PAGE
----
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If you have not heard about public-safety broadband during the past few years, you may be living in a remote area of the United States, or you may need hearing aids. Regardless, hundreds of millions of dollars have been spent promoting and developing a new system to provide public-safety-grade broadband service across the United States. The promoters of this service are saying every square meter of the United States will be covered. That will be truly great. We really need someone to make coverage great again.
As we in the radio business know, using 800 MHz spectrum and higher will not cut it. There are thousands of existing cellular towers, and there are huge gaps in coverage in the rural areas. A new concept and approach is needed. Can you imagine building thousands of towers across pristine rural countryside? It would be just like all those wind generators that dot the countryside.
One major requirement for providing the high speeds that public safety needs is wide frequency bandwidth. A review of technical literature provides an approximate data speed versus channel bandwidth chart. It is clear from this chart that 20 megahertz of channel bandwidth is needed. Now where to find it? Manufacturers keep looking higher — now all the way to 60 GHz with the great range of 100 yards or so.
“How about lower?” I kept thinking. Then it struck me like a piece of dangling waveguide! Low band! There is 20 megahertz of almost unused spectrum from 30 to 50 MHz. No one uses low band anymore. What about the existing users? Another rebanding project! Instead of moving the users to a new frequency band, they would be the first users of the new low-band broadband. They could “kick the tires” and would be the Spectrum Users Concept KickERS (SUCKERS).
Now that the spectrum has been determined, a successful approach must be developed. To be successful, one has to have not only the technology but the appropriate marketing approach and buzzwords. First, a catchy name! It does not have to mean anything. For example, LTE stands for Long Term Evolution. What does that mean? No one knows. Base stations are called “eNodebs” or “eNbs.” Where did that come from? So how about LbTE? Low-band Technology Evolution. Base stations will be LbeNbs. The hardest part is now complete.
Second, what about the actual technology? Something catchy is needed there as well. For those of us in the know, steampunk technology is the latest thing. What is steampunk? It is old technology that meets new technology like an electronic watch with tubes.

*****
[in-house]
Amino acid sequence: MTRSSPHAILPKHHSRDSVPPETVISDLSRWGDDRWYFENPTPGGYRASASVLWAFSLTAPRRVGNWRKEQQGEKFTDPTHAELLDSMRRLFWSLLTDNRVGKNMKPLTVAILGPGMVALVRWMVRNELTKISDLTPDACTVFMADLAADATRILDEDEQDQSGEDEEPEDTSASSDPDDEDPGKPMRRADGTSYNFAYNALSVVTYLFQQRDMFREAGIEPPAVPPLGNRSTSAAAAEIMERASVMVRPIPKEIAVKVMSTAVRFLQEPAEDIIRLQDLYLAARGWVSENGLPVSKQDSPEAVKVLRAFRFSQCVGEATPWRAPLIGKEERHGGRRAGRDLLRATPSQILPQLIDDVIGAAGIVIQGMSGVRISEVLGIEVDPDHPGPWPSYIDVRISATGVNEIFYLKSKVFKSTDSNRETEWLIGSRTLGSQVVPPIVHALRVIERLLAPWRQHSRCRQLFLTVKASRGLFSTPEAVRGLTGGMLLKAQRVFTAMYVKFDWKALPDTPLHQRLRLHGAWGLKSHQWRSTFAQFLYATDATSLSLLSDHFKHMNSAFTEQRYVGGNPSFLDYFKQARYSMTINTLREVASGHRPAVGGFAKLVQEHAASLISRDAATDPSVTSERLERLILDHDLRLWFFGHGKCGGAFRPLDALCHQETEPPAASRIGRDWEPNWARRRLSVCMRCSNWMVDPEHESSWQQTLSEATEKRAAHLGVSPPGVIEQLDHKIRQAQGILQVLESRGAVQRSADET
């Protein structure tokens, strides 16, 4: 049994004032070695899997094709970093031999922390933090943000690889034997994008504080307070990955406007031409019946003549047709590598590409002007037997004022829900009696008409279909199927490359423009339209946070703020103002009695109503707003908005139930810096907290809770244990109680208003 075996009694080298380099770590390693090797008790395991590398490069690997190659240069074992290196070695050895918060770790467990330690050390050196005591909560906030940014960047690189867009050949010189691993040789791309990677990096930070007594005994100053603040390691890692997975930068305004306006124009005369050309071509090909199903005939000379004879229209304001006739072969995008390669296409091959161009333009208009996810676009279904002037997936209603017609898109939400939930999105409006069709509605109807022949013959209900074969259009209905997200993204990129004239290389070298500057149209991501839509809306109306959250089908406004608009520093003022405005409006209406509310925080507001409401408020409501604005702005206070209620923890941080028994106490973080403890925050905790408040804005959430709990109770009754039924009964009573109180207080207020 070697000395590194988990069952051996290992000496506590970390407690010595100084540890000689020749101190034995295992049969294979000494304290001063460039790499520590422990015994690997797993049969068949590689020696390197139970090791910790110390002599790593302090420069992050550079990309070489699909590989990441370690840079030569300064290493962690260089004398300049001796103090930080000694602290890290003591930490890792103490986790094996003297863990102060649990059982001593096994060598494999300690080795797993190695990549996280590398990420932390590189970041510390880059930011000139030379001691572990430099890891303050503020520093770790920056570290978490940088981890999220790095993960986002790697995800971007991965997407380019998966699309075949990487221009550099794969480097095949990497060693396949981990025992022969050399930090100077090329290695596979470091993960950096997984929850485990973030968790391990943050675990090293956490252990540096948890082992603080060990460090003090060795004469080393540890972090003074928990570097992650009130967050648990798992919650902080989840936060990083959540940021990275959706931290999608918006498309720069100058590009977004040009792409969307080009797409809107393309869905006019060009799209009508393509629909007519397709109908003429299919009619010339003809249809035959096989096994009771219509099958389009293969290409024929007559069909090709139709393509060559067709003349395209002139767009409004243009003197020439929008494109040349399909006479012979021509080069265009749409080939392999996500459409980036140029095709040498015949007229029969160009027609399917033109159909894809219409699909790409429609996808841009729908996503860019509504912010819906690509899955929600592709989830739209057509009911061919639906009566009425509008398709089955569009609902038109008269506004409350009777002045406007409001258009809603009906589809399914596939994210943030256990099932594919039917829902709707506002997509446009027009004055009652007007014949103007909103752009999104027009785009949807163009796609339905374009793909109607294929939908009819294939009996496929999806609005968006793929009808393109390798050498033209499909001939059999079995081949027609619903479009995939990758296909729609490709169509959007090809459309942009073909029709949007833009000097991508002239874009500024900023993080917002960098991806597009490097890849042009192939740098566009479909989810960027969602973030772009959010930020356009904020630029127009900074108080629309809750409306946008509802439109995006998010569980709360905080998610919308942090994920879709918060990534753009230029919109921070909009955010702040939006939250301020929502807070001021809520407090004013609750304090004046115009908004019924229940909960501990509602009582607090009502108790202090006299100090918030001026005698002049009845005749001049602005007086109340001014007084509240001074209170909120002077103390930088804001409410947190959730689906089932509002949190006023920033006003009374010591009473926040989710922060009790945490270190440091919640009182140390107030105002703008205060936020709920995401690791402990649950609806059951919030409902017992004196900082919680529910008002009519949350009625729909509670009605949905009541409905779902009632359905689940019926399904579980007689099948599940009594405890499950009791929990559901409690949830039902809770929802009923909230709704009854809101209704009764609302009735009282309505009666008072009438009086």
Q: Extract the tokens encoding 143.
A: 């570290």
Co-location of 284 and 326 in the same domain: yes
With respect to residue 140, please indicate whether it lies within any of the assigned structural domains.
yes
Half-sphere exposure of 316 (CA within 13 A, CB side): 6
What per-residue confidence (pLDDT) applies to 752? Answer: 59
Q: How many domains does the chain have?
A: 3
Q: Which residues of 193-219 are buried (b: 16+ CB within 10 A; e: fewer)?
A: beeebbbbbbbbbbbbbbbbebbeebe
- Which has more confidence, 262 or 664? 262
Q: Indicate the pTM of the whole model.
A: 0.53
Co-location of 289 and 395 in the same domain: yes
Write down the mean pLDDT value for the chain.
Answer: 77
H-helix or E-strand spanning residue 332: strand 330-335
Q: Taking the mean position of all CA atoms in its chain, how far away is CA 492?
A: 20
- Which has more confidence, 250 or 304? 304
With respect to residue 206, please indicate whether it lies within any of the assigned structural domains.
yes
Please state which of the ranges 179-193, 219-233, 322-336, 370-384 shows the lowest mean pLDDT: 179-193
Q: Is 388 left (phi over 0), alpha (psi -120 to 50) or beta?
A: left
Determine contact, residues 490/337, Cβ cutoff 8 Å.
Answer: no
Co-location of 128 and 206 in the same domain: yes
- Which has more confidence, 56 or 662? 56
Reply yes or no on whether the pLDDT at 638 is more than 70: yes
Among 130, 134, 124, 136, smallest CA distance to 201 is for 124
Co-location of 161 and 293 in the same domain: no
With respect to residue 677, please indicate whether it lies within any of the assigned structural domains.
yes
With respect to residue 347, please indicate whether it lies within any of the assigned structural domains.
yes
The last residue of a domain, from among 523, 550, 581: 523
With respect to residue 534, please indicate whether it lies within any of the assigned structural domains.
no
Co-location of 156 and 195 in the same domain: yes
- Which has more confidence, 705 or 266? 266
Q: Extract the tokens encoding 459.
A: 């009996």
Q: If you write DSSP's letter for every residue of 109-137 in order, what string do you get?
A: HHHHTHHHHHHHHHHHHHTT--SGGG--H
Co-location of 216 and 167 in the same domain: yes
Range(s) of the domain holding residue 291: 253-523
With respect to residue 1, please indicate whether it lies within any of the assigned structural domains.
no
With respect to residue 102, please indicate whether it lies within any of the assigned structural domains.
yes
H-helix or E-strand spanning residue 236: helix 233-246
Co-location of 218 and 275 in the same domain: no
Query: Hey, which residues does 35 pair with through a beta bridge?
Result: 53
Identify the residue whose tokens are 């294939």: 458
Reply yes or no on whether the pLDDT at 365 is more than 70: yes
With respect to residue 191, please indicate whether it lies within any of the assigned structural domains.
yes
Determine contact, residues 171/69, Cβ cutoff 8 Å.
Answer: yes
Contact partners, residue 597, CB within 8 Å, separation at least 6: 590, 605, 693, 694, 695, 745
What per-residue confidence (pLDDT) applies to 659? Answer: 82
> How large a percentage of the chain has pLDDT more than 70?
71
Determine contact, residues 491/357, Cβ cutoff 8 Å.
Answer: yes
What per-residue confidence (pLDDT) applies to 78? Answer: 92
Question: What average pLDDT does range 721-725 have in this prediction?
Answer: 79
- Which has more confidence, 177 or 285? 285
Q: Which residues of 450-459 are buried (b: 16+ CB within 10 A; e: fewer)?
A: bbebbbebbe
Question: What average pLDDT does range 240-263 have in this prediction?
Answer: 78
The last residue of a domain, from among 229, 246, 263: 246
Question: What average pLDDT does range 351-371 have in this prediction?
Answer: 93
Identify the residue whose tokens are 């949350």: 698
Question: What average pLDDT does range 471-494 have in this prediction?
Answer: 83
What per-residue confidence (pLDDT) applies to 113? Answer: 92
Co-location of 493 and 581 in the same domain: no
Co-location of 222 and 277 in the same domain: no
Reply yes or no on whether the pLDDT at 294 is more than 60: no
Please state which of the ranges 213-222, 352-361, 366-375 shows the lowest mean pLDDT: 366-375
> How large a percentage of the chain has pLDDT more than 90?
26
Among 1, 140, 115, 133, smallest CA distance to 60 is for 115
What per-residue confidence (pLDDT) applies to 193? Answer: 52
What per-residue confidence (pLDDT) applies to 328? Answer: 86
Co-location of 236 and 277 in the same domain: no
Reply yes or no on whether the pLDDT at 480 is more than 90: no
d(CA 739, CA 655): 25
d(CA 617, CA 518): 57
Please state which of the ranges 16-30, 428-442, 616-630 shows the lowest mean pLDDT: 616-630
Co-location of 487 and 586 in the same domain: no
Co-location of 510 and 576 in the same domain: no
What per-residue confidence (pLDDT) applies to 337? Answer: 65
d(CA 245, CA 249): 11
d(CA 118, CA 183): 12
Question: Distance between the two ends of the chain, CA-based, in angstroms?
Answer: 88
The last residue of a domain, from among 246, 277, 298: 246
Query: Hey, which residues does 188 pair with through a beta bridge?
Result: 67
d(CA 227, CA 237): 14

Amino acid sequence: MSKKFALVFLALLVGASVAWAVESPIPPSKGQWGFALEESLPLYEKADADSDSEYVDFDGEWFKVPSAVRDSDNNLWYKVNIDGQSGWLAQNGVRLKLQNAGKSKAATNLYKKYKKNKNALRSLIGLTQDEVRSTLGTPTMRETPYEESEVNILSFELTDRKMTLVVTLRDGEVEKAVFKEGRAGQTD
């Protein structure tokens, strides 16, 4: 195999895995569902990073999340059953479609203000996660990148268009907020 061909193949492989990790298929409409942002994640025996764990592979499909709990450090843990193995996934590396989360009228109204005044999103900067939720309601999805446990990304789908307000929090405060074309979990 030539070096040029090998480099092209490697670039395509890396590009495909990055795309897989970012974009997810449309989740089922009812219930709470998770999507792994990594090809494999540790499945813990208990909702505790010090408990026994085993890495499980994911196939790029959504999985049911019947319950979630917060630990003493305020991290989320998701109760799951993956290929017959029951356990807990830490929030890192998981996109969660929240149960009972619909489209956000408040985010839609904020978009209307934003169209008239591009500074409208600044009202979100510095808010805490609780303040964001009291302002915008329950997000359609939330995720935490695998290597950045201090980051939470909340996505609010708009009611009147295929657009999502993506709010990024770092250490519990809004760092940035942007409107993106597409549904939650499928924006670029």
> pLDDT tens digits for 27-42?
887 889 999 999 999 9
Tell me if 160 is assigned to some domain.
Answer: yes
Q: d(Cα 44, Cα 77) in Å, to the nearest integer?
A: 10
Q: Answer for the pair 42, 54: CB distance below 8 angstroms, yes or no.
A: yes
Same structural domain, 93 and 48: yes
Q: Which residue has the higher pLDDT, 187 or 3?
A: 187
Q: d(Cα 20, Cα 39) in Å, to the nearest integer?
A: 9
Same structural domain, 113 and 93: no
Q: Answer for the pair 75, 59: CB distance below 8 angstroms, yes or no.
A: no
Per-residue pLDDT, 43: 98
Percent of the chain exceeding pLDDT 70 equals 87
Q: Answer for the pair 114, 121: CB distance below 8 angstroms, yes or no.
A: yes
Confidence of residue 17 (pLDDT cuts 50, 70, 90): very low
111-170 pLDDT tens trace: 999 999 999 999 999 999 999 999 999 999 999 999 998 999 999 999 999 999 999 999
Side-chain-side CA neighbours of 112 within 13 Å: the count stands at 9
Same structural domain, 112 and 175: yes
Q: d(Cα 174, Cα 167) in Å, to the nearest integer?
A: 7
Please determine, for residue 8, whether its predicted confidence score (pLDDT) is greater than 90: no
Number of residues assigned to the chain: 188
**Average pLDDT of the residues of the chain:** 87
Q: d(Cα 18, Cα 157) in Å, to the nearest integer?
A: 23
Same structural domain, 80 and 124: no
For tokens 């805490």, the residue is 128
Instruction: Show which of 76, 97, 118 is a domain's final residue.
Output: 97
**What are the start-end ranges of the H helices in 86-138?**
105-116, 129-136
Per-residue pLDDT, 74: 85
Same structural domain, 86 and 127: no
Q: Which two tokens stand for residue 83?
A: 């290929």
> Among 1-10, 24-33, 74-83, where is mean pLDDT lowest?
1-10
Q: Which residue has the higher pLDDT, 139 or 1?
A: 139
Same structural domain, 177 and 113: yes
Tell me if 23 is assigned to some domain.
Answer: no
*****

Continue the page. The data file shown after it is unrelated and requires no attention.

Figure 1 is a concept of what a steampunk LbeNb might look like in actual practice. The actual electronics used is that newfangled integrated circuit technology. It is too small to be seen by anyone over 30, so it is not shown for simplicity.
User devices, also known as user equipment (UE) in LTE lingo, will need to be designed. Current broadband systems have abandoned fix-mounted mobile units for portable units. This works fine where power levels can be kept low. However, in rural areas, power is king. Power is needed to reach long distances. Therefore, true mobile devices will need to be developed. Keeping with the steampunk theme, Figure 2 shows the author pointing to a conceptual physical mockup of a high-power UE or HPUE.
The next job is the portable unit. When in town, officers and firefighters will want a portable device. If there is an LbeNb located right in town, portables should work. The one drawback to LbLTE is that it requires a larger antenna size for maximum performance — 90 inches tall or so would be great. This is not a problem on a vehicle but does hamper portable use.
Portables could use an even more advanced technology called diversity receive or possibly multiple input multiple output (MIMO) technology. MIMO sounds so much cooler. The portable radio concept would use shorter antennas, but there would be two. These antennas would be tiny compared to the long 90-inch whip antennas. They may also need to be made from rare earth materials. So, they would be called Tiny Miny MIMO or TMMIMO for short. Figure 3 shows the author demonstrating a concept model of one of these units.
While some may laugh at this concept, how can it fail? The initial clever marketing words and acronyms have been developed. Attractive equipment concept models have been developed. There is 20 megahertz of unused spectrum. Truly, a concept for the future.
Joe Blaschka Jr. is principal of ADCOMM Engineering and a registered professional engineer (PE) in eight states. He has been working in the communications field for almost 40 years. This article is in honor of April Fool’s Day and is meant to be humorous.